The link works, btw. It's just my typing of the linked text that's misspelled.
Nice! 19th Century is one my (many) favorites as well. And gotta love steampunk!
Sounds like a great book. I love stories that sweep me up in the period. Enter me to win :)
Can't promise the win. But thanks for entering! :)
Sounds like K.M. has a good work schedule. Maybe I'll take up her example and stick to one myself; Lately, I'm all over the place! :) Love the book cover and the MC sounds interesting... this is a must read.
Thanks for the interview Susan!
Enjoy your weekend ladies!
That's quite the schedule I wish I could be that organized. Great interview it's nice to see how other authors do it.
@Ellie: I don't know that it's so important *what* your schedule is, so long as you stick to it. I read somewhere that you can train your brain to be creative at certain hours by habitually showing up to write at the same time every day.
@Patti: You can be! Organization just takes practice.
Great interview! I wish I had such an organized schedule. The book sounds terrific. :)
Thanks for stopping by, Roni! :)
What a great interview! I'm definitely going to have to check this book out. I'll add it to my ever-growing Goodreads list.
This was a great post. My favorite part when the writing day was broken down. Thanks for this both of you! :o)
That was a fun question to answer! I'm a bit of a schedule nut, so I enjoyed explaining it.
Great interview! And I love her cover art. I agree with her take on reviews. We often learn more from the negative things said about us than the positive. It's just a matter of taking the information in and letting it soak there for a while.
"Soak" is good way to think of it. Some reviews just have to soak longer than others!
Thanks for reading!
What wonderful things happen on your blog! The Behold the Dawn cover looks really good. And the author sounds great too.
Thanks for stopping by, Lori! I'm just happy that Susan let me be a part of the fun this week!
Every blog stop gets me a little more excited about this book, Katie, and everything about it! I can't give you enough praise for all the wonderful work you have done. But then again, God does all the work. But He has done a LOT through you! To Him be all glory forever! Keep working for Him, Katie!
Your stories sound great--so interesting--and you're such a lovely person. I'll keep my eyes peeled for your books. :)
Thanks for sharing the interview with us, Susan. Have a nice weekend!
Thanks for sharing this interview! I'm fascinated to hear about the writing schedule of other writers!
@Rachel: Amen! Thanks for following the tour, Rachel.
@Dawn: Aw, you're way yonder too sweet. But thank you. :)
@Jody: Glad you enjoyed it!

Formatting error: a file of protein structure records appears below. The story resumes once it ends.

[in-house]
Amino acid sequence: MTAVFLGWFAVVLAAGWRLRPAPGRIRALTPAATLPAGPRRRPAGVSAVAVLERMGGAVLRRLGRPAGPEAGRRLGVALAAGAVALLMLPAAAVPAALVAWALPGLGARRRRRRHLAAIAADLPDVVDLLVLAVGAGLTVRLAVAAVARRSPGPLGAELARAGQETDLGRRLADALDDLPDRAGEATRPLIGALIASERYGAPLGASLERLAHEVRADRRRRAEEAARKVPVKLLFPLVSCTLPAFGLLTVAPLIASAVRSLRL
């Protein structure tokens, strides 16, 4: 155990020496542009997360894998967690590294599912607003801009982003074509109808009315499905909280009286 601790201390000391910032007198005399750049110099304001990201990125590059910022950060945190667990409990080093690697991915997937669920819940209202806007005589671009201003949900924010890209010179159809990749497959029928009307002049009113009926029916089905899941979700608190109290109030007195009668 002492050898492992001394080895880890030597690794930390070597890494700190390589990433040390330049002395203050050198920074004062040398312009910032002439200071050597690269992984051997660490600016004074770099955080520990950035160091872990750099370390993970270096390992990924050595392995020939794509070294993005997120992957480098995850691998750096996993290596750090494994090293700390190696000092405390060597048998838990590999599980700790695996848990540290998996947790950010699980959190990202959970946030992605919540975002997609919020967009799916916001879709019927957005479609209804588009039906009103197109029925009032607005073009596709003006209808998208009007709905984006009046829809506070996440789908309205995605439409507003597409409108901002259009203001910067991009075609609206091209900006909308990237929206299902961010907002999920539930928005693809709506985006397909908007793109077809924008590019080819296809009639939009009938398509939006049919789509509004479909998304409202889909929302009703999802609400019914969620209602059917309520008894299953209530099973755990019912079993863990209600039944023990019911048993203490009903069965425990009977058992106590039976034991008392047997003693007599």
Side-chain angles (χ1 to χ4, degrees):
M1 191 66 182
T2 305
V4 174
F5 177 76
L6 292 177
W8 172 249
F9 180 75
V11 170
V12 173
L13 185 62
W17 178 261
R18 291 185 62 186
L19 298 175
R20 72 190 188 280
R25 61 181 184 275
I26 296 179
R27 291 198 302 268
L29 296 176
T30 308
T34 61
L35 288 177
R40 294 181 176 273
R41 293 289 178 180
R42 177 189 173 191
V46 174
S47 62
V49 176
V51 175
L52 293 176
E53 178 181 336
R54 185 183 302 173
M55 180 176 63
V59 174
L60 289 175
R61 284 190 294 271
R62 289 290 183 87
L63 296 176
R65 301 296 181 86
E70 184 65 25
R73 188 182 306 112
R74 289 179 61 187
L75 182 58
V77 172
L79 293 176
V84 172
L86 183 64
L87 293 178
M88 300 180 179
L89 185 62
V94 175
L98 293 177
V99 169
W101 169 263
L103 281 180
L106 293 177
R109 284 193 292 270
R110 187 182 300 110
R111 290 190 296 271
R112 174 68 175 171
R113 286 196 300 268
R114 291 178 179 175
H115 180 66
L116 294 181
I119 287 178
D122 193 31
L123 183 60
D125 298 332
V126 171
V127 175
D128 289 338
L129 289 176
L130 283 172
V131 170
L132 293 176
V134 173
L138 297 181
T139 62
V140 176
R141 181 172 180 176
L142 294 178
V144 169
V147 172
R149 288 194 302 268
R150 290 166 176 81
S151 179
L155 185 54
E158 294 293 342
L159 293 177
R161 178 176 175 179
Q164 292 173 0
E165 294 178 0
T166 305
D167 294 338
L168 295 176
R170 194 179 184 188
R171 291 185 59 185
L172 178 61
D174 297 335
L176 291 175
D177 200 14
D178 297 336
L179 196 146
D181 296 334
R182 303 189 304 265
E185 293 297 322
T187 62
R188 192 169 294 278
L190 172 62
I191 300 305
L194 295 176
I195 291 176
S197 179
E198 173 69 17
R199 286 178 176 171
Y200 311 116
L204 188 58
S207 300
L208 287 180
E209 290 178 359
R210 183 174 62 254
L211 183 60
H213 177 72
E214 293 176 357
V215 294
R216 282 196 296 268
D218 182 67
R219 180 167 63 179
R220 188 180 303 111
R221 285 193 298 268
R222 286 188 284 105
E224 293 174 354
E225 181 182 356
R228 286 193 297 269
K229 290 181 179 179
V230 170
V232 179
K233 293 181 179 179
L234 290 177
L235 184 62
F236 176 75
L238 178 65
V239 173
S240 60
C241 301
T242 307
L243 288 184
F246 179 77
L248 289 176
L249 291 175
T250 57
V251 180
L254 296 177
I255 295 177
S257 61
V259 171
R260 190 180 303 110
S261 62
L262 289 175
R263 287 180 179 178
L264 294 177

You garnered some great comments here, Katie. Seems I'm not the only one following your tour.
I was bitten by the travel bug as a youth. Unfortunately, the cash bug didn't bite, so I haven't seen as many places as I'd like.
@Maggie: Thanks for keeping up with me! :)
@Tara: I hear ya on the cash bug thing. $10-$20 for a book is a much more reasonable vacation than $1,000 for a plane ticket!
Sound like a fantastic book. Great interview, Susan.
Robin Hood meeting Sleeping Beauty sounds super interesting!
Thanks for stopping by, Heather! We're definitely having fun with Robin and Sleeping Beauty!
Looking forward to reading this book! K.M.'s blog is very helpful to read as well. :) And I will look forward to reading more about the Robin Hood/Sleeping Beauty idea. Fascinating to think about.
Glad you're enjoying Wordplay!
Hmmmm. Another one to add to my already leaning stack. Thanks for the interview, Susan!
I enjoyed the interview. Behold the Dawn sounds like a book I would like to read.
@Amy Tate: Gotta love those leaning tower of Pisa TBR piles!
@Amy De Trempe: Thanks for reading! Hope you enjoy the book.
I loved reading her thoughts. I was captured by the Dreamers book she's written too! that sound great! Thank you so much!
Thanks for stopping by! I'll be rolling up my sleeves to get back to work on Dreamers in just a few weeks!
Wonderful interview! Our mornings sound similar - except I start work before noon since I like to take evenings off. And as for reviews - even the best books get not so hot or 'bad' reviews - it's just the nature of the literary beast! *smiling*
Happy Writing KM! :)
I generally take the evenings off too. Movie time! :)
Very interesting interview. I love Gladiator so I bet I'd enjoy this book.
I liked reading about her writing schedule, too. I always like to know what other writers do during their days.
Gladiator's one of my all-time faves. Listened to its soundtrack a lot while writing Behold the Dawn.
I enjoyed the interview and learned quite a bit. I especially liked the part about your official starting time for writing being 4:00 in the afternoon. Being a night-owl, that appealed to me. :-)
Wanted to mention that anyone can get a link on Yaya's Changing World. Today's post explains it all; "Share And Share Alike". Hope to see you there. Be sure to leave your blog address so I can link to you.
I tried for a while to get up and write at six in the morning. That *so* didn't work. My creative brain definitely isn't awake that early!